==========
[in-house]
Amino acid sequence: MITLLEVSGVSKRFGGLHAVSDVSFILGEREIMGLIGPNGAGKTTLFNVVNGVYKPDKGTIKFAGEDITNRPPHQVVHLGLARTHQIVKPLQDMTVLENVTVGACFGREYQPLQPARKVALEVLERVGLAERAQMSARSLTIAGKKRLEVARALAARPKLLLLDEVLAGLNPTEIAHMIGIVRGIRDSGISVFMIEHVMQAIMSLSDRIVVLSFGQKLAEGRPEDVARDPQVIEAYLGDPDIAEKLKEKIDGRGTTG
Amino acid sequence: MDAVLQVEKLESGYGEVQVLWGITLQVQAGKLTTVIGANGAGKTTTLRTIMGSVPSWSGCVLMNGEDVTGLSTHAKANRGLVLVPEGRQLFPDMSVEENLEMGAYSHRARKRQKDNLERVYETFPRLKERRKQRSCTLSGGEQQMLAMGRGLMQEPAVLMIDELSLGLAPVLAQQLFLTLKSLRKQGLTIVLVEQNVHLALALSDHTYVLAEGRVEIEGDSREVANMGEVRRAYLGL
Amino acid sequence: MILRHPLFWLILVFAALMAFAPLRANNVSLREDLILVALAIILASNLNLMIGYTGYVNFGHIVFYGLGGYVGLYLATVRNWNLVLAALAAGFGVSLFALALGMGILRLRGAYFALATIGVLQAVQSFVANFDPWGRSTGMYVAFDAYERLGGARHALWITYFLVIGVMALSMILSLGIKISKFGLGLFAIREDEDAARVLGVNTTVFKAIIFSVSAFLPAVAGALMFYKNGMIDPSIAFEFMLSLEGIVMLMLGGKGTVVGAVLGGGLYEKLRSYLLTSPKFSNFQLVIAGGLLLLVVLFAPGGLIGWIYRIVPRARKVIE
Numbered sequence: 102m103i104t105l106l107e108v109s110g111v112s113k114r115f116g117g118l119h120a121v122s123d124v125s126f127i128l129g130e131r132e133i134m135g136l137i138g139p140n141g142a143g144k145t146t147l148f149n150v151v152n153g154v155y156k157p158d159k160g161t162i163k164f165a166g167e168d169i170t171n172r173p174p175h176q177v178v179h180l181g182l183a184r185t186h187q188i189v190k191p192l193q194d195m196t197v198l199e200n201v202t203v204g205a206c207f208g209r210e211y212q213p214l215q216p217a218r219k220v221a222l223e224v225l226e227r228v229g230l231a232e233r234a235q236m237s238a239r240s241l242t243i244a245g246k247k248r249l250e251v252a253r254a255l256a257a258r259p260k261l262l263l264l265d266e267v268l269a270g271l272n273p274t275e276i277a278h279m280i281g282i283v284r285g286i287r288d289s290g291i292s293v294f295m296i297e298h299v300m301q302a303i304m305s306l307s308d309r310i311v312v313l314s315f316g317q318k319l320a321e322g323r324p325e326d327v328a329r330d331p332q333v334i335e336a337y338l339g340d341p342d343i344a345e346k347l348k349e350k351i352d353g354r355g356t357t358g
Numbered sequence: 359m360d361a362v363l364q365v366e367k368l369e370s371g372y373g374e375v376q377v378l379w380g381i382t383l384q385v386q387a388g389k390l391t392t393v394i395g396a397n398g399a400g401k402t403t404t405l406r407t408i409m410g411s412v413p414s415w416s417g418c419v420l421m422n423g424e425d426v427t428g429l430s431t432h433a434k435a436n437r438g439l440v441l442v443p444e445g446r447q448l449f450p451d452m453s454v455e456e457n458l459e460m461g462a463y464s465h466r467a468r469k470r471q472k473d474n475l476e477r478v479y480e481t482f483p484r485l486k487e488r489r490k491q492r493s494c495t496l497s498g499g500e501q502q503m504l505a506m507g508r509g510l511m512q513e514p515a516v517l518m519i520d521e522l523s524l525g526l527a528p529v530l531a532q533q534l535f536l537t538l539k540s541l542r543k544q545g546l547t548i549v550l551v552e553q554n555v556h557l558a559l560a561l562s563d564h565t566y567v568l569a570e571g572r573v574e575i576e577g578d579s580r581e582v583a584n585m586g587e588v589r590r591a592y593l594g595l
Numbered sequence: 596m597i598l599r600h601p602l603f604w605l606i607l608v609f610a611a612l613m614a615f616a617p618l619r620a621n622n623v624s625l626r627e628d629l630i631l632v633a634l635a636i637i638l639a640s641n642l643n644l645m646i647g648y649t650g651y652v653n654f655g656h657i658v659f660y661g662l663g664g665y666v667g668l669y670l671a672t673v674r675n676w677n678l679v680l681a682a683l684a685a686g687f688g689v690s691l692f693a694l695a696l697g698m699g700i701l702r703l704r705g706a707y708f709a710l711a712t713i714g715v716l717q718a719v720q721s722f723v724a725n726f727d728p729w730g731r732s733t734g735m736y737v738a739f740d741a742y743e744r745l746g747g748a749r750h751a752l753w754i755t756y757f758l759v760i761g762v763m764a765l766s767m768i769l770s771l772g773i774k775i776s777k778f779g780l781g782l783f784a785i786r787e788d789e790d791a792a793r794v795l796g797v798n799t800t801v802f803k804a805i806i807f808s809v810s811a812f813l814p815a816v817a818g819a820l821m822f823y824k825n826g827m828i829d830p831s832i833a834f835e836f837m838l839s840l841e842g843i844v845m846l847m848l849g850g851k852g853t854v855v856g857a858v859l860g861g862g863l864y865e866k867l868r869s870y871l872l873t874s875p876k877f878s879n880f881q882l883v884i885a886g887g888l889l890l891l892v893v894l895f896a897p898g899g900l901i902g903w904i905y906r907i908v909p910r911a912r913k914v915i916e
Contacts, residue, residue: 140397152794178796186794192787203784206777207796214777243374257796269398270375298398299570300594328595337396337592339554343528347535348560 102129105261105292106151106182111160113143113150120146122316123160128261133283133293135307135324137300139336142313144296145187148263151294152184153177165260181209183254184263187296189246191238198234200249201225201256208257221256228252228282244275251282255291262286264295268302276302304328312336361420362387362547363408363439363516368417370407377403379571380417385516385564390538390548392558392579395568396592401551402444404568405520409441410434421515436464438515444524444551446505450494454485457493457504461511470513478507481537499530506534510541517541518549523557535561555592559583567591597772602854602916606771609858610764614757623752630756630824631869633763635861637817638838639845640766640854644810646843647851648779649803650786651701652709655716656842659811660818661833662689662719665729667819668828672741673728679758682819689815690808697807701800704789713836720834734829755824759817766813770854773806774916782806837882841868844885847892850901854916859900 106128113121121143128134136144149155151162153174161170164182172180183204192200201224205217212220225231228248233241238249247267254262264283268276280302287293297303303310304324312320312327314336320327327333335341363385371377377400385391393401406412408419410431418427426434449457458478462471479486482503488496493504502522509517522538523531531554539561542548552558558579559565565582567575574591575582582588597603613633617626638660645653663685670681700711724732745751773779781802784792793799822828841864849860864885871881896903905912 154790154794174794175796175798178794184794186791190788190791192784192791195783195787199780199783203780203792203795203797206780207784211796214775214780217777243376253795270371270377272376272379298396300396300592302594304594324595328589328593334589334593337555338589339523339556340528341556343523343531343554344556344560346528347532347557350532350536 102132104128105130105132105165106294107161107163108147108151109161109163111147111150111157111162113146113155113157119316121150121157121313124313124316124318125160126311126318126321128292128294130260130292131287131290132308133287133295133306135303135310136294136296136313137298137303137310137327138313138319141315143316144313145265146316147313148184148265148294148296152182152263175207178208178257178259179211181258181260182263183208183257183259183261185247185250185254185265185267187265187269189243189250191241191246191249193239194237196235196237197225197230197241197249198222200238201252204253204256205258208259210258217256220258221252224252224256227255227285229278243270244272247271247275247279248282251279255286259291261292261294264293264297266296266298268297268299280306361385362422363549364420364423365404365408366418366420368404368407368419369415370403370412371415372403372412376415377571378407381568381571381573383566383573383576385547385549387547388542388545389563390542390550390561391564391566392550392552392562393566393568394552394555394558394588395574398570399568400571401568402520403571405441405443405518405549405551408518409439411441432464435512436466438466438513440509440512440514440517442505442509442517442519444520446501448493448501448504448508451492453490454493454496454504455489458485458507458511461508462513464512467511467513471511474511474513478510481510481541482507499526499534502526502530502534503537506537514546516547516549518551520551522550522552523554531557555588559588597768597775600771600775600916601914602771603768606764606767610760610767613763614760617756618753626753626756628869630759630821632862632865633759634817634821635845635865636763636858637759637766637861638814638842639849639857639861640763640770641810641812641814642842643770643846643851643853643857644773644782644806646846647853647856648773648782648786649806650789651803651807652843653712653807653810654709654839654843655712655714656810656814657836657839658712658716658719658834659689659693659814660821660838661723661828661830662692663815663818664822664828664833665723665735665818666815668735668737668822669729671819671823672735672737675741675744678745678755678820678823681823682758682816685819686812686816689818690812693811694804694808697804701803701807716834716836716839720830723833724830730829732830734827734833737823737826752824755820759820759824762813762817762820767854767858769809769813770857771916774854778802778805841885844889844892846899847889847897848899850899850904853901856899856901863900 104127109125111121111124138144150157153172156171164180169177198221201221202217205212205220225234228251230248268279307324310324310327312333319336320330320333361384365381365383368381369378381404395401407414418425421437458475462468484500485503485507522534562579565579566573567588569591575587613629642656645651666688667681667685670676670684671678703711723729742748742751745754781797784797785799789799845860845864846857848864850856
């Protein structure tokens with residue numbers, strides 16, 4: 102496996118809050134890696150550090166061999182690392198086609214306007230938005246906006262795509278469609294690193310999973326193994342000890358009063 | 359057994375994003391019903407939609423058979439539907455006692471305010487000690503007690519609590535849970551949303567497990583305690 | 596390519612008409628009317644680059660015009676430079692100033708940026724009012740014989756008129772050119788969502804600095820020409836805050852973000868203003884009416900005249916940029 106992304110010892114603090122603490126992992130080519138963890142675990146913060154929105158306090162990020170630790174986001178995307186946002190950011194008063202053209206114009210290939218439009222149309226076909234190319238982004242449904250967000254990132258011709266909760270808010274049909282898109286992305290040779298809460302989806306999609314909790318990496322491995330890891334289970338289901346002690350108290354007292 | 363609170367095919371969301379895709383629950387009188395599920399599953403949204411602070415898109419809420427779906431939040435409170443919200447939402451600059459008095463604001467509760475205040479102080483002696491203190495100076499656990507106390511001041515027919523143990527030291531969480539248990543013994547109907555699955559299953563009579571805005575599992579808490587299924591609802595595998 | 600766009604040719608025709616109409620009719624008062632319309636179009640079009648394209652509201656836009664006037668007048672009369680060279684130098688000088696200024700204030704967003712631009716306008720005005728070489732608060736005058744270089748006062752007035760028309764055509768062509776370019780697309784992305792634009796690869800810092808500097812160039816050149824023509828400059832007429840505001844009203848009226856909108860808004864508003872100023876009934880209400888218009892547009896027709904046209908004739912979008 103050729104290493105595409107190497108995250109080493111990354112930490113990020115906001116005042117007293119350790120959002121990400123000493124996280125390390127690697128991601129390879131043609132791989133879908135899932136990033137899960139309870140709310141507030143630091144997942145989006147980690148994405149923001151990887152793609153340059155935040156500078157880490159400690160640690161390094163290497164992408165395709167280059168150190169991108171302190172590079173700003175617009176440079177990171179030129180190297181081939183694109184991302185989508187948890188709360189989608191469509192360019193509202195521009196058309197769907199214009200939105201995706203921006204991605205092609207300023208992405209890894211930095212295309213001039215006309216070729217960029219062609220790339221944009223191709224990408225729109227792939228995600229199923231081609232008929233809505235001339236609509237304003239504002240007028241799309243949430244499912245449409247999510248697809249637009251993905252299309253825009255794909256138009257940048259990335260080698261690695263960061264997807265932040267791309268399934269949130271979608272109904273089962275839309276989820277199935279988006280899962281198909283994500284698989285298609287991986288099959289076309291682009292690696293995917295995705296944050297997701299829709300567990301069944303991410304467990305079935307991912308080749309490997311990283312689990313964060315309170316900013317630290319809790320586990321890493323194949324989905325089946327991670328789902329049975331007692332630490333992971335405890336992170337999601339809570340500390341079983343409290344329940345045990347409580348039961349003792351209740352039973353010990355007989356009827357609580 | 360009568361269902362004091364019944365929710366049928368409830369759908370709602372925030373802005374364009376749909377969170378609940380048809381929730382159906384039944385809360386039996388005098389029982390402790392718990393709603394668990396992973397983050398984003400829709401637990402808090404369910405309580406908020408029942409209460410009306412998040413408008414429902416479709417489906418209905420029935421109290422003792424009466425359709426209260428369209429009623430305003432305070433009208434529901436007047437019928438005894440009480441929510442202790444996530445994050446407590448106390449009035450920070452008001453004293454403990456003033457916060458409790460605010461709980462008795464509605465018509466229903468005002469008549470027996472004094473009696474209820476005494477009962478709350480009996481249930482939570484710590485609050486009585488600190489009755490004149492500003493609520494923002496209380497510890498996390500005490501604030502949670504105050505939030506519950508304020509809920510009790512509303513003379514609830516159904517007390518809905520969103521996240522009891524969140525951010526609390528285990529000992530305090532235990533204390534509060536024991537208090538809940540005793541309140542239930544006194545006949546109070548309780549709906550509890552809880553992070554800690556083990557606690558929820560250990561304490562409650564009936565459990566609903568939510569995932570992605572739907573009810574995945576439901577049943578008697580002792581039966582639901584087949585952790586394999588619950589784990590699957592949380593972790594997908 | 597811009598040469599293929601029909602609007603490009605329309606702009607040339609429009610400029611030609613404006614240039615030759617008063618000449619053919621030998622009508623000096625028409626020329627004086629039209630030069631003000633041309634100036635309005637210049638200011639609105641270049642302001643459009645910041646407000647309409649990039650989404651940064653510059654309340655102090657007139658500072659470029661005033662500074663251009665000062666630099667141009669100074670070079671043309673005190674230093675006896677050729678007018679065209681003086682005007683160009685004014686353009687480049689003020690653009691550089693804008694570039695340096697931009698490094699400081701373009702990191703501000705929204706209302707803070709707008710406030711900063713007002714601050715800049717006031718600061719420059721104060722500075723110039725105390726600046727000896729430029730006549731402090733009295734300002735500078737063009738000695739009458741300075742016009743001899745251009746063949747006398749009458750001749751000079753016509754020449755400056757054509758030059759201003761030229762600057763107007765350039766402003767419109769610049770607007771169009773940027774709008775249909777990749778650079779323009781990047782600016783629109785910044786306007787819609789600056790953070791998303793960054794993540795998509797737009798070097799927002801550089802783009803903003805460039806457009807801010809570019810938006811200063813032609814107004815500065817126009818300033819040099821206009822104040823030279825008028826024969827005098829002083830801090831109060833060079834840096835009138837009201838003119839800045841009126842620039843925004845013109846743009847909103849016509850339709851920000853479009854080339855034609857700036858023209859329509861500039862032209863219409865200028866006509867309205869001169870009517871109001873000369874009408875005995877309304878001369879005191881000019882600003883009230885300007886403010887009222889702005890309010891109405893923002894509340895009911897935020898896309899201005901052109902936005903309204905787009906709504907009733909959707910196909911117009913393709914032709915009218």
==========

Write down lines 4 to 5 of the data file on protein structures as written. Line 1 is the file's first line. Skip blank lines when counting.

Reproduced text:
Amino acid sequence: MILRHPLFWLILVFAALMAFAPLRANNVSLREDLILVALAIILASNLNLMIGYTGYVNFGHIVFYGLGGYVGLYLATVRNWNLVLAALAAGFGVSLFALALGMGILRLRGAYFALATIGVLQAVQSFVANFDPWGRSTGMYVAFDAYERLGGARHALWITYFLVIGVMALSMILSLGIKISKFGLGLFAIREDEDAARVLGVNTTVFKAIIFSVSAFLPAVAGALMFYKNGMIDPSIAFEFMLSLEGIVMLMLGGKGTVVGAVLGGGLYEKLRSYLLTSPKFSNFQLVIAGGLLLLVVLFAPGGLIGWIYRIVPRARKVIE
Numbered sequence: 102m103i104t105l106l107e108v109s110g111v112s113k114r115f116g117g118l119h120a121v122s123d124v125s126f127i128l129g130e131r132e133i134m135g136l137i138g139p140n141g142a143g144k145t146t147l148f149n150v151v152n153g154v155y156k157p158d159k160g161t162i163k164f165a166g167e168d169i170t171n172r173p174p175h176q177v178v179h180l181g182l183a184r185t186h187q188i189v190k191p192l193q194d195m196t197v198l199e200n201v202t203v204g205a206c207f208g209r210e211y212q213p214l215q216p217a218r219k220v221a222l223e224v225l226e227r228v229g230l231a232e233r234a235q236m237s238a239r240s241l242t243i244a245g246k247k248r249l250e251v252a253r254a255l256a257a258r259p260k261l262l263l264l265d266e267v268l269a270g271l272n273p274t275e276i277a278h279m280i281g282i283v284r285g286i287r288d289s290g291i292s293v294f295m296i297e298h299v300m301q302a303i304m305s306l307s308d309r310i311v312v313l314s315f316g317q318k319l320a321e322g323r324p325e326d327v328a329r330d331p332q333v334i335e336a337y338l339g340d341p342d343i344a345e346k347l348k349e350k351i352d353g354r355g356t357t358g